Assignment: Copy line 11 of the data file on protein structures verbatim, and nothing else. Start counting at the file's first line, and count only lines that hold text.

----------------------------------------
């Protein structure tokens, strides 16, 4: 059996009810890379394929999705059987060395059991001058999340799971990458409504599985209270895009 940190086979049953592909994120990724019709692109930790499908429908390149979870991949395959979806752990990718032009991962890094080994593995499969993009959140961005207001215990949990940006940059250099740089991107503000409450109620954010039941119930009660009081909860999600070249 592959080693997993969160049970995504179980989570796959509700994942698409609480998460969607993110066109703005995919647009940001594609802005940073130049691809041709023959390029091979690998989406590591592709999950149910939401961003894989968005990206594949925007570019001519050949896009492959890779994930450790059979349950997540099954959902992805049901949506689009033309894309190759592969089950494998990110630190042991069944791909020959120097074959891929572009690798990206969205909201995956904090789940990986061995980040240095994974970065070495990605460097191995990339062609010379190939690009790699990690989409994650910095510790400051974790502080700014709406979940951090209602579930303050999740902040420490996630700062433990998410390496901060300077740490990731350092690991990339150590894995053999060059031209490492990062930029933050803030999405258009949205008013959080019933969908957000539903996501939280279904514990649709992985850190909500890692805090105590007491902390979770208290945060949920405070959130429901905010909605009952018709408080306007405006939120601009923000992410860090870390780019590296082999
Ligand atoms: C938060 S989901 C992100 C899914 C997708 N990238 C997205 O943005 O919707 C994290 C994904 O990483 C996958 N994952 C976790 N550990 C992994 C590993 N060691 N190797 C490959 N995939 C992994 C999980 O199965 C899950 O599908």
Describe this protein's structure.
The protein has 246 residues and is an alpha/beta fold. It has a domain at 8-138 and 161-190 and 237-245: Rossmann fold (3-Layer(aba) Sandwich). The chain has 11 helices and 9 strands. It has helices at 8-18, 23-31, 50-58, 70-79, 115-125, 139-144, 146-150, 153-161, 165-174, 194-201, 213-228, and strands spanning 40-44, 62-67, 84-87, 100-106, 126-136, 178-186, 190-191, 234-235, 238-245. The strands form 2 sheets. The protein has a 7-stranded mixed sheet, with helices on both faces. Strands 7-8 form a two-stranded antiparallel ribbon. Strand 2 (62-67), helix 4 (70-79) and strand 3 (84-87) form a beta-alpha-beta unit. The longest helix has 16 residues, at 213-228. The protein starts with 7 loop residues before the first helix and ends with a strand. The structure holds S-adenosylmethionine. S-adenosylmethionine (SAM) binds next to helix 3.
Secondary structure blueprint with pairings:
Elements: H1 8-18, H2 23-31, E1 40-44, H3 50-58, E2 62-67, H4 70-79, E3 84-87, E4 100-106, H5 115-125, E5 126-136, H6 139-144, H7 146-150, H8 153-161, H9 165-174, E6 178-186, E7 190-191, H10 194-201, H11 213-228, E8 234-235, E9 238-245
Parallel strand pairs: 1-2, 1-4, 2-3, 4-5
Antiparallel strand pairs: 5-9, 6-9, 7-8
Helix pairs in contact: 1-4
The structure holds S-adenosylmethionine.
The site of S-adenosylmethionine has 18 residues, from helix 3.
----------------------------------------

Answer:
The site of S-adenosylmethionine has 18 residues, from helix 3.